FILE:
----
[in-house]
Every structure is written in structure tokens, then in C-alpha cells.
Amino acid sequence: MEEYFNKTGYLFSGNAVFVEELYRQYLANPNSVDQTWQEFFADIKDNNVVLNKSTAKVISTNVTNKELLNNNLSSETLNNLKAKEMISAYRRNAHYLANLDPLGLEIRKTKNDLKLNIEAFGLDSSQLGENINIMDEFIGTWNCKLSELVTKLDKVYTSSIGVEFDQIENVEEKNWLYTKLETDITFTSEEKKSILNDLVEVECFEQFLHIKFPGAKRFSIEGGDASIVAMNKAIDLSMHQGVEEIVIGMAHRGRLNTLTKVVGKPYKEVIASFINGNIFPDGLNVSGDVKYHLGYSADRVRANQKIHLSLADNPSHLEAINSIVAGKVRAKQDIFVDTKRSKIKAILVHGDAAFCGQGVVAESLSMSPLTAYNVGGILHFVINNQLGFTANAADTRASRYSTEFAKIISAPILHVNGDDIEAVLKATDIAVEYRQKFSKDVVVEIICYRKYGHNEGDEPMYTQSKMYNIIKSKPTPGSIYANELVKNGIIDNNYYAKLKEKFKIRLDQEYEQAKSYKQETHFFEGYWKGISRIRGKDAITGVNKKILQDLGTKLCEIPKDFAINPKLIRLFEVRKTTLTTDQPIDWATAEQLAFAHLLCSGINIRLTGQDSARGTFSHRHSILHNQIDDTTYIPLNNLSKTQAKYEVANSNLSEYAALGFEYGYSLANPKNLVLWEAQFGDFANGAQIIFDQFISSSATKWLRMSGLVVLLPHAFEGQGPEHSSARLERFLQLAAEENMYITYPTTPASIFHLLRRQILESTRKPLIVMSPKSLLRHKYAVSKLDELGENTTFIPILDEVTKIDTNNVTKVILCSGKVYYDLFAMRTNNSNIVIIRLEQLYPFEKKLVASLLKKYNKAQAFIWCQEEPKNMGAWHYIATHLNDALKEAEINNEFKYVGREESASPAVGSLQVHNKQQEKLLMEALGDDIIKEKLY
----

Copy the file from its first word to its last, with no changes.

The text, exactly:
[in-house]
Every structure is written in structure tokens, then in C-alpha cells.
Amino acid sequence: MEEYFNKTGYLFSGNAVFVEELYRQYLANPNSVDQTWQEFFADIKDNNVVLNKSTAKVISTNVTNKELLNNNLSSETLNNLKAKEMISAYRRNAHYLANLDPLGLEIRKTKNDLKLNIEAFGLDSSQLGENINIMDEFIGTWNCKLSELVTKLDKVYTSSIGVEFDQIENVEEKNWLYTKLETDITFTSEEKKSILNDLVEVECFEQFLHIKFPGAKRFSIEGGDASIVAMNKAIDLSMHQGVEEIVIGMAHRGRLNTLTKVVGKPYKEVIASFINGNIFPDGLNVSGDVKYHLGYSADRVRANQKIHLSLADNPSHLEAINSIVAGKVRAKQDIFVDTKRSKIKAILVHGDAAFCGQGVVAESLSMSPLTAYNVGGILHFVINNQLGFTANAADTRASRYSTEFAKIISAPILHVNGDDIEAVLKATDIAVEYRQKFSKDVVVEIICYRKYGHNEGDEPMYTQSKMYNIIKSKPTPGSIYANELVKNGIIDNNYYAKLKEKFKIRLDQEYEQAKSYKQETHFFEGYWKGISRIRGKDAITGVNKKILQDLGTKLCEIPKDFAINPKLIRLFEVRKTTLTTDQPIDWATAEQLAFAHLLCSGINIRLTGQDSARGTFSHRHSILHNQIDDTTYIPLNNLSKTQAKYEVANSNLSEYAALGFEYGYSLANPKNLVLWEAQFGDFANGAQIIFDQFISSSATKWLRMSGLVVLLPHAFEGQGPEHSSARLERFLQLAAEENMYITYPTTPASIFHLLRRQILESTRKPLIVMSPKSLLRHKYAVSKLDELGENTTFIPILDEVTKIDTNNVTKVILCSGKVYYDLFAMRTNNSNIVIIRLEQLYPFEKKLVASLLKKYNKAQAFIWCQEEPKNMGAWHYIATHLNDALKEAEINNEFKYVGREESASPAVGSLQVHNKQQEKLLMEALGDDIIKEKLY